As Dyslexia Awareness Week is ending, the dialog about much needed changes for dyslexics is continuing.
How did you deal with your daughter’s dyslexia?
“After comparing my daughter’s work and my own when I was in school, I was certain that I also had dyslexia. I am self-educated, I read a lot, and I established my own business. I know they say that dyslexia makes reading difficult but based on my own experience, I know you can learn it, you just learn it differently. I did. When you have your own innovative business, reading and math are the two most important things. Since I was able to do it, I knew my daughter could do the same.”
How did you deal with your daughter’s school?
“I took my daughter out of public school and enrolled her in a private school that focused on the abilities of my daughter and not the disabilities. The school used the 'Help' method to teach dyslexic children to read and she had an assistant who spent time with her to enjoy reading. The school really focused on the abilities of dyslexia. Knowing that my daughter was in the best school possible was important for me so that I could focus on my own business.”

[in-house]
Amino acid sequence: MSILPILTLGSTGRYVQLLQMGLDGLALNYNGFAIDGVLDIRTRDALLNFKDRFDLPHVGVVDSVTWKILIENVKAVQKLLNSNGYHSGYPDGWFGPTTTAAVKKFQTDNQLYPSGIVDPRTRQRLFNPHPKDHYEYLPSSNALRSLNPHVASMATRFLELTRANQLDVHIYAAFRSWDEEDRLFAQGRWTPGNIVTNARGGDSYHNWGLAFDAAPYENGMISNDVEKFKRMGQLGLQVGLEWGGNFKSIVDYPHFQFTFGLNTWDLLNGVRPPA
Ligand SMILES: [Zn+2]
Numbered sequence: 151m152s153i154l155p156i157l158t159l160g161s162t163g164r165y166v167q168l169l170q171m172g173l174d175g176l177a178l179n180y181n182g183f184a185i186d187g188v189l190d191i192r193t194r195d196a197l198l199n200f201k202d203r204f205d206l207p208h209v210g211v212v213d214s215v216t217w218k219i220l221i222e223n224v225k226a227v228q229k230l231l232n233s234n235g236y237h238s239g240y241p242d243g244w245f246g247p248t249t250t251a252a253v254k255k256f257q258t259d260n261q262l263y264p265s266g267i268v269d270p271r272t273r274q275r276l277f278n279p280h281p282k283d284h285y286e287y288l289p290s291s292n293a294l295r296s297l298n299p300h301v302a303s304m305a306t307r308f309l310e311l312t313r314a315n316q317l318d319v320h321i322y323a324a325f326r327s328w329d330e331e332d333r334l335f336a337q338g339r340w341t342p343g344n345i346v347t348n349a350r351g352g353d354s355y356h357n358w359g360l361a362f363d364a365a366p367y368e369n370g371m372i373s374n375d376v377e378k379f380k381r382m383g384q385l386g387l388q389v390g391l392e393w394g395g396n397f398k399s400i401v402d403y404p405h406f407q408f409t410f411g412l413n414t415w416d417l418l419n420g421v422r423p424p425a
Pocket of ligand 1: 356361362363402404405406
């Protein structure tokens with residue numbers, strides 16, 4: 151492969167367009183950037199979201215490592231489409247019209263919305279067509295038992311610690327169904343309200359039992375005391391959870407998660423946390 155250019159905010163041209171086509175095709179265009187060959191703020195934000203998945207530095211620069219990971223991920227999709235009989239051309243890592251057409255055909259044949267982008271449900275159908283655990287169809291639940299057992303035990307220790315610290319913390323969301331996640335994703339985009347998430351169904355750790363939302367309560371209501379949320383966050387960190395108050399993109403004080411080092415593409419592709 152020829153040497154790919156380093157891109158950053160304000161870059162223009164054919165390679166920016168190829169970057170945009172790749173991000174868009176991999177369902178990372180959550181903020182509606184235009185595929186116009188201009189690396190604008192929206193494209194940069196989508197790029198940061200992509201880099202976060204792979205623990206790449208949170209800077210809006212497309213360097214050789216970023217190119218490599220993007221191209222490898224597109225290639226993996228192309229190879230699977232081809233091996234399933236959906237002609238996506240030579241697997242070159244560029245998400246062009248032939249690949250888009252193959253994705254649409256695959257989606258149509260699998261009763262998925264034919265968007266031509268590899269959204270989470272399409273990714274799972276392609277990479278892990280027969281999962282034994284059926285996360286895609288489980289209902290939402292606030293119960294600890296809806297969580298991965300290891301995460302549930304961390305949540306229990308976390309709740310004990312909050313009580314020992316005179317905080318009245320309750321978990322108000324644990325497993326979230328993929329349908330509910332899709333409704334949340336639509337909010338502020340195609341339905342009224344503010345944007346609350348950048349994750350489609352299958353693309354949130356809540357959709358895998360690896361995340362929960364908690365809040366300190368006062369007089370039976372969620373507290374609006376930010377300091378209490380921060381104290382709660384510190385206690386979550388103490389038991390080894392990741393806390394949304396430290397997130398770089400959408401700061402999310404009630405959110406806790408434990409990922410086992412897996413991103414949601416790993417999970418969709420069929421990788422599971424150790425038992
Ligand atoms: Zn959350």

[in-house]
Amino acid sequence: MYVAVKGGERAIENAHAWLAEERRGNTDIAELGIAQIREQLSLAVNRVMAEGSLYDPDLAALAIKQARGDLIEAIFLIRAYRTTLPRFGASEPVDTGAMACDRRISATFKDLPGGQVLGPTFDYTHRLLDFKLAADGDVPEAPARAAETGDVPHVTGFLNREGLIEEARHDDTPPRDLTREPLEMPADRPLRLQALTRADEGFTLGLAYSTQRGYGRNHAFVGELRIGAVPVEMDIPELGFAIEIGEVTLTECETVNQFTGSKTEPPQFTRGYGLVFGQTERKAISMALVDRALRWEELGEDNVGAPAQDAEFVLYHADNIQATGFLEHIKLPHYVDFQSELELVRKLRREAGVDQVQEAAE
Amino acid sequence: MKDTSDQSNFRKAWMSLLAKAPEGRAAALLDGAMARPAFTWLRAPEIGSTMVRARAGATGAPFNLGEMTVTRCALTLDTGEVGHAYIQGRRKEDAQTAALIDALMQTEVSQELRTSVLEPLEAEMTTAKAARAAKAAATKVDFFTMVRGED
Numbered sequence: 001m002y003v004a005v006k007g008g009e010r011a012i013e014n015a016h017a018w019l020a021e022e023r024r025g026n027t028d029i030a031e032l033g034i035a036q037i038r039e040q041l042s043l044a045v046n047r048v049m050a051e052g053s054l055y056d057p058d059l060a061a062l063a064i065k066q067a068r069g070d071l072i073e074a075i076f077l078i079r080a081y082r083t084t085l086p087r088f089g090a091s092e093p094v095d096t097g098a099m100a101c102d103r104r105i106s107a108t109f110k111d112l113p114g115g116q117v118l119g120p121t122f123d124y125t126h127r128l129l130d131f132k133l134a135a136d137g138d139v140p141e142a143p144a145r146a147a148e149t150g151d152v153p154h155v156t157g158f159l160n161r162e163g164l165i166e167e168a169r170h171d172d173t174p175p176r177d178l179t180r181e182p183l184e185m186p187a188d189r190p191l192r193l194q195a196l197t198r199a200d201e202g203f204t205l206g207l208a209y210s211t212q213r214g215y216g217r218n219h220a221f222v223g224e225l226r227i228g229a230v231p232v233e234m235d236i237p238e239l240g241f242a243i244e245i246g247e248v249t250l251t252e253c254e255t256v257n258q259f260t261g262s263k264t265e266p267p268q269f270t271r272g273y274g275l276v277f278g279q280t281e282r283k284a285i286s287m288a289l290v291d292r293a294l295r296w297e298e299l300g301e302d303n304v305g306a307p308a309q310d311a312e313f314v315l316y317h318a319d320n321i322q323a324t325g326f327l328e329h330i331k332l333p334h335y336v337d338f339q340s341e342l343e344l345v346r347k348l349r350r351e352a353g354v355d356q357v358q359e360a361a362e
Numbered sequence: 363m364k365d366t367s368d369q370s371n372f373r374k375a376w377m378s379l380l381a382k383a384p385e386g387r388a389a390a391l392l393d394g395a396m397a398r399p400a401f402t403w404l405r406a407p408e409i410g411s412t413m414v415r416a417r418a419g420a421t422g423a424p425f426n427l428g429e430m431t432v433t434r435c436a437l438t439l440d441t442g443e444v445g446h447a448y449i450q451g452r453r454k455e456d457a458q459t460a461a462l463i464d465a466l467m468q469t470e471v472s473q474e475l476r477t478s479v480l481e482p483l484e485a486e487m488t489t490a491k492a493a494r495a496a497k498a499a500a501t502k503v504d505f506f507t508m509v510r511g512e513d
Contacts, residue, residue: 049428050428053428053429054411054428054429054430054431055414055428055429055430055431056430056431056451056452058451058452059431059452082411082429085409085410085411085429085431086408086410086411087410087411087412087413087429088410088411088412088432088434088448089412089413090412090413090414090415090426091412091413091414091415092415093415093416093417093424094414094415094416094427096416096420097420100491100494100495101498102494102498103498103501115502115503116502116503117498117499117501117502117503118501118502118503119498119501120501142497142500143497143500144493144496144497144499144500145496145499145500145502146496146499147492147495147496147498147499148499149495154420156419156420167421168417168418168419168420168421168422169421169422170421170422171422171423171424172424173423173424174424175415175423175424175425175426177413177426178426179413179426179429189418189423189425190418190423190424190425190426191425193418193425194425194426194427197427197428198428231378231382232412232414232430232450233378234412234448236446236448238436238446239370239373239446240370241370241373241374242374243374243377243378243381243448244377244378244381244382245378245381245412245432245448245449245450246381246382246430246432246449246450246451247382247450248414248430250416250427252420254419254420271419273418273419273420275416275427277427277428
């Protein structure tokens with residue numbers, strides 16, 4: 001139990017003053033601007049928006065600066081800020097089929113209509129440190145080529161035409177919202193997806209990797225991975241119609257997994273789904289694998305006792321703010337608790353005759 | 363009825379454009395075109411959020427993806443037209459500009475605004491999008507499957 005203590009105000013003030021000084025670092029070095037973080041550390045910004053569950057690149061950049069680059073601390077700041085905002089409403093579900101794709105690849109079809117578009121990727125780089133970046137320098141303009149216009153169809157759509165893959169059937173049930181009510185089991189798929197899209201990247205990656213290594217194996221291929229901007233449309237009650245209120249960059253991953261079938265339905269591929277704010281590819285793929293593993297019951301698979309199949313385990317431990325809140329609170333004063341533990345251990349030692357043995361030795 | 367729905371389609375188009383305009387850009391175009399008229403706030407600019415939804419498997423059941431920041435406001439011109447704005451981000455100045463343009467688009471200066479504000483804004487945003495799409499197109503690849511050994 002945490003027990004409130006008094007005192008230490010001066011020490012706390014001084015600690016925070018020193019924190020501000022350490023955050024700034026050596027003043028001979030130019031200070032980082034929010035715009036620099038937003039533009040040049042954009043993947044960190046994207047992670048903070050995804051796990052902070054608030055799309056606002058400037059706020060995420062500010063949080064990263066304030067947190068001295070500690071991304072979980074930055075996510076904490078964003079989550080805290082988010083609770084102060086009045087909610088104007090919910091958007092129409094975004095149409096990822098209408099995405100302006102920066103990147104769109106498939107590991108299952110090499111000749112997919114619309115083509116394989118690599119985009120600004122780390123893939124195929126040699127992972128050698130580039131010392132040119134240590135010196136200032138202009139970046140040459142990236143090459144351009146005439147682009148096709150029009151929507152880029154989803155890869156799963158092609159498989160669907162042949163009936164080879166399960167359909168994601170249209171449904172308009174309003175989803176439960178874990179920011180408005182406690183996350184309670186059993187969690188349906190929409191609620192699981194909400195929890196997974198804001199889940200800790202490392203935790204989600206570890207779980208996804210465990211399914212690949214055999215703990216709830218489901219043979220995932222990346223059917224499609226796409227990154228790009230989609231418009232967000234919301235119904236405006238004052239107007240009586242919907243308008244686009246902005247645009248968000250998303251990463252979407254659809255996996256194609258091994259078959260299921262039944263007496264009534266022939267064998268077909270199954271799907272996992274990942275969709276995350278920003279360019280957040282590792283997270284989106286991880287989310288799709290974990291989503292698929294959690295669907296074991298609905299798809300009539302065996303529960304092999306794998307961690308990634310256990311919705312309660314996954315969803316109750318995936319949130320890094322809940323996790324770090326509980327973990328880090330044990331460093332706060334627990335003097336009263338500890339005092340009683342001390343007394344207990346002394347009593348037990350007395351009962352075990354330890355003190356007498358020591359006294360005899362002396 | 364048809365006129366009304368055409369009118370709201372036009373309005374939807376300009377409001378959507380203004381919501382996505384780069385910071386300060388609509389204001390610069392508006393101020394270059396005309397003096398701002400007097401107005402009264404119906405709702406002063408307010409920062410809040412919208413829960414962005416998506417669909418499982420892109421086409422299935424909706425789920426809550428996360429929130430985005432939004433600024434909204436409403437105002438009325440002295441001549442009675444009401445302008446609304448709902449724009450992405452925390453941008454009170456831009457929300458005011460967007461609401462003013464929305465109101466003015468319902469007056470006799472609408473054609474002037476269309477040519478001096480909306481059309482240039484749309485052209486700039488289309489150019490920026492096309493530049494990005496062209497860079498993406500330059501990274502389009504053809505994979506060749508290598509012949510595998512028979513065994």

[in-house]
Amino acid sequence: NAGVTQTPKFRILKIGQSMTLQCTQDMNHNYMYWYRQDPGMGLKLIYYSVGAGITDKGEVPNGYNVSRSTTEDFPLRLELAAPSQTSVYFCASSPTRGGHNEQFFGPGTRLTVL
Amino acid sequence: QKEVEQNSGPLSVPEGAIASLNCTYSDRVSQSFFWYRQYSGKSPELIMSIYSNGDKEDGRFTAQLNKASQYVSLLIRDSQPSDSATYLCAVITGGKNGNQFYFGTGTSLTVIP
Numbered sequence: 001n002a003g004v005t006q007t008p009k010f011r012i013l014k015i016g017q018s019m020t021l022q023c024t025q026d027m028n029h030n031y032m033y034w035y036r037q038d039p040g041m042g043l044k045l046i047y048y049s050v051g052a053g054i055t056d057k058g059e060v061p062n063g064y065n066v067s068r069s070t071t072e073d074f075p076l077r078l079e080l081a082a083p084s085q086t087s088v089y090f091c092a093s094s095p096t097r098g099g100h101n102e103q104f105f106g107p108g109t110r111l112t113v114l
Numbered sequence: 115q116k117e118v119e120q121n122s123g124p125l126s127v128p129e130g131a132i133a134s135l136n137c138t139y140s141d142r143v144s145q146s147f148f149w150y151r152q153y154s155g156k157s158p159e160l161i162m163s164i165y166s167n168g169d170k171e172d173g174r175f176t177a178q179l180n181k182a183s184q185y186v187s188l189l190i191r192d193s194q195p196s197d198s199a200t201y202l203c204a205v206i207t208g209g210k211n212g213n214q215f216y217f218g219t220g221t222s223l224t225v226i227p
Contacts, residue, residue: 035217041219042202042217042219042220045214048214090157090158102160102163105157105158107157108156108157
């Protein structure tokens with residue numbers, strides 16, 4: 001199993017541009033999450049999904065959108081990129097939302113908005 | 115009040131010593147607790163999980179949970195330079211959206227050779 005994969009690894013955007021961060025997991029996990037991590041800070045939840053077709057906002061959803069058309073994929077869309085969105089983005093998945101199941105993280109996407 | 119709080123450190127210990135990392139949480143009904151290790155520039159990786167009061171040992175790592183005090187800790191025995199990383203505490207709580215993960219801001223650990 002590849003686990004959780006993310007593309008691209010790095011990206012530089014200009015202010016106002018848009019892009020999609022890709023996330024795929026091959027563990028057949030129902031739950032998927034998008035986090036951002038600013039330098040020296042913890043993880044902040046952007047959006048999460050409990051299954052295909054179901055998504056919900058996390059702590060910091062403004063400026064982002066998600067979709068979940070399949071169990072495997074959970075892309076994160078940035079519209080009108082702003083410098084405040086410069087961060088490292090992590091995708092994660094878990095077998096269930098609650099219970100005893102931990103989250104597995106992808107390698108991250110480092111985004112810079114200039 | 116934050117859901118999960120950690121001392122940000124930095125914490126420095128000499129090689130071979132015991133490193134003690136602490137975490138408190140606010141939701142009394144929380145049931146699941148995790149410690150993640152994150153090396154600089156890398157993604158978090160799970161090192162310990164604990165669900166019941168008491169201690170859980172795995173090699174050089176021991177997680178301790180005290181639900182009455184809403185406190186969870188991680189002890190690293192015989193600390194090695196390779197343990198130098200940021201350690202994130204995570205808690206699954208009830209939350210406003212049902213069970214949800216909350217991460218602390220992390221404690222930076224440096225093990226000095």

Not every parent can afford a private school, what alternative would you have chosen?
“That’s a tough question. I know I didn’t want her to be in special education because I’d be afraid of what it would have done to her self-esteem. Now that I know about the “Help” method of how to teach dyslexic kids to read, I would have hired a tutor to help her with her school work and communicate with her teachers as much as possible to give her extra time or whatever would be possible in the regular classroom. To support her creativity, I would have looked for any kind of activities that were available after school that she could join; any activity that didn’t focus on reading, writing, and math, but about being active and creative.”
What does your daughter do now?
“Well, she is about to graduate from the same school with a GPA of 3.8. She is a fluent reader, loves creative writing, and hopes to continue working with horses professionally. She is considering becoming a veterinarian but isn’t sure yet. She still doesn’t like math but graduating with a B in Math, I am not going to complain. She has her passion, is innovative, self-confident, respectful, and happy. What more can parents wish for?”
Via Lou Salza